Military Coup Gone Wrong

On July 15, 2016, elements of the Turkish military conducted an unsuccessful coup within their own country. Their goal, to restore the rule of law and democratic elements within their government, was ultimately unsuccessful. Hundreds of participating service members were arrested to include colonels and generals, as well as judges at all levels up to the Supreme Court in an immediate crack down by the government. In the United States, the concept of a coup is entirely foreign, but for many countries, the military has long considered itself protector of the people and filled the role to ensure the government, ensuring that the government does not cross the line, and restoring peace when they do. Somewhere along the lines though, this one went bad.

Those forces attempting to overthrow the government initially established themselves in security positions around the main city by employing armored vehicles and aircraft. The airport and major bridges were secured, followed by the seizing of what were deemed key infrastructure locations such as the news outlets. At the highest point, the leaders announced that they had secured the government and were now in charge.

Unfortunately for them, the outpouring of support seen in previous coup attempts did not come, with people flooding out into the main streets and protesting the attempt. Before the next day was over, hundreds of soldiers had surrendered, police and rebel soldiers would exchange significant gunfire, and more than two hundred civilians would die in the clashes.

Turkey CoupSome of the soldiers captured would later claim that they believed they were taking part in legitimate military exercises instead of a coup. This disconnect, if valid, would be a demonstrated example of the complexity of military service, where one is directed to perform an action, and not to disobey a superior officer. At the airport alone, more than 650 soldiers and a colonel were arrested.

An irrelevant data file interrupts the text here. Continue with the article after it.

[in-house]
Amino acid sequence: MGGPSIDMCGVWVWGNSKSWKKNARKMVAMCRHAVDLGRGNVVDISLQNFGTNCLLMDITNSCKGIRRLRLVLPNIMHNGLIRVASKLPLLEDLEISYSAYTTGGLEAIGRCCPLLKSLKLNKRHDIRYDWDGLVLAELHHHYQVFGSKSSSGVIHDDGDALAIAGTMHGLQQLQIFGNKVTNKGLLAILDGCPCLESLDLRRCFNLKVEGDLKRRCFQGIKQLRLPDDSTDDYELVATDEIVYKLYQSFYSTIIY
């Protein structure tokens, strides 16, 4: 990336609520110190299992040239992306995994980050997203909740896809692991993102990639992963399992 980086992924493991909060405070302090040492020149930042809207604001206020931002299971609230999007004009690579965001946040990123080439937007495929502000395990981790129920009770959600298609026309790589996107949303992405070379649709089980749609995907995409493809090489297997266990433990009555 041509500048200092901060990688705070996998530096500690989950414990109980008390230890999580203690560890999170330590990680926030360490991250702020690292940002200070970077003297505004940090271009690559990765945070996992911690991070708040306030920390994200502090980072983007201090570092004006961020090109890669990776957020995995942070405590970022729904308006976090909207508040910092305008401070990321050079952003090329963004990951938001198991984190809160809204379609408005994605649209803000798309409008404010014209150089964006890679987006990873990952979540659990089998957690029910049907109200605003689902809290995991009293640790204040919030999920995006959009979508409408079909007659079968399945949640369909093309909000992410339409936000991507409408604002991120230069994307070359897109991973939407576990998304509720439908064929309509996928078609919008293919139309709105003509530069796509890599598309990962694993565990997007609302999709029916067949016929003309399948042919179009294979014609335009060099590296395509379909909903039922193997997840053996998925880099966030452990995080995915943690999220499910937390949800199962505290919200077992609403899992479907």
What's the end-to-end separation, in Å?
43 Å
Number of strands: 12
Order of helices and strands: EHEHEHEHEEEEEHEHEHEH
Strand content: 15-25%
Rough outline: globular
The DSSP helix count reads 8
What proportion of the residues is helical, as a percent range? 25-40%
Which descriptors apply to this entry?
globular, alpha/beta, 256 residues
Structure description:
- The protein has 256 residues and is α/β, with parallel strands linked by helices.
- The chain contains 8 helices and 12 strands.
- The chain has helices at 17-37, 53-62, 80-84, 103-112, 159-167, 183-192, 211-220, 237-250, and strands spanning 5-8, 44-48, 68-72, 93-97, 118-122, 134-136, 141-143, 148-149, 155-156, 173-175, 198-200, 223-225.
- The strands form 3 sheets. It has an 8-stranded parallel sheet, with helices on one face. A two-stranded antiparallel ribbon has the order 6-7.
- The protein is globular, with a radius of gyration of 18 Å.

This is not the first coup in recent history for the region though. After the Ottoman Empire collapsed, the first President of Turkey declared the new ideology to follow Kemalism, or a separation of religion from government in terms of education and culture. Since then, a successful coup in 1960 resulted in the overthrowing of the pro-Islamic leader and a return to Kemalism.

Turkey entered a recession in the early 1970s culminating in 1971 when the Prime Minister was provided a memorandum by the Chief of Staff demanding a “strong and credible government inspired by Atatürk’s views.” The prime minister resigned before the coup could occur – becoming known as the coup by memorandum. This recession continued through 1980 when the military once-again dissolved the government, an act that led to many years of economic growth.

Finally, in 1997, as the Islamic Welfare Party grew in popularity, military generals provided the government with a list of recommendations to close religious schools across the country and ban head scarves. The actions were agreed to, but the prime minister resigned as well.

Each of the examples of the government being overthrown were opportunities for the military to unite with the country’s founding principle of Kemalism. The difference between them and the July 2016 coup attempt is it simply did not gain the popular uprising and military support on a large enough scale to effectively complete the plan. The results may be much more punitive and negative as the government cleanses the military and judicial ranks of all those it deems pro-coup. The future for Turkey is uncertain as the country stands on a razor edge between ostracizing foreign countries and its own military.

Disclaimer: The content in this article is the opinion of the writer and does not necessarily reflect the policies or opinions of US Patriot Tactical.

Kyle Soler

Kyle Soler is an active duty Infantry Officer serving in the US Army. He has served in the military for more than 10 years, working his way from an Infantry Squad Leader to a Company Commander with multiple combat deployments to both Iraq and Afghanistan in between. Kyle earned his bachelor’s degree in History from Willamette University, and three Master degrees from Jones International University in Information Security Management, Health Care Management, and International Business. He also holds certifications in Six Sigma Lean and Six Sigma Lean Black Belt. His primary focus is realigning organizational priorities to get the most out of the time available in terms of training and development. Prior to entering military service, he worked as a fire fighter and an EMT. His areas of knowledge include military, training, leadership, disaster and continuity planning.
Kyle Soler

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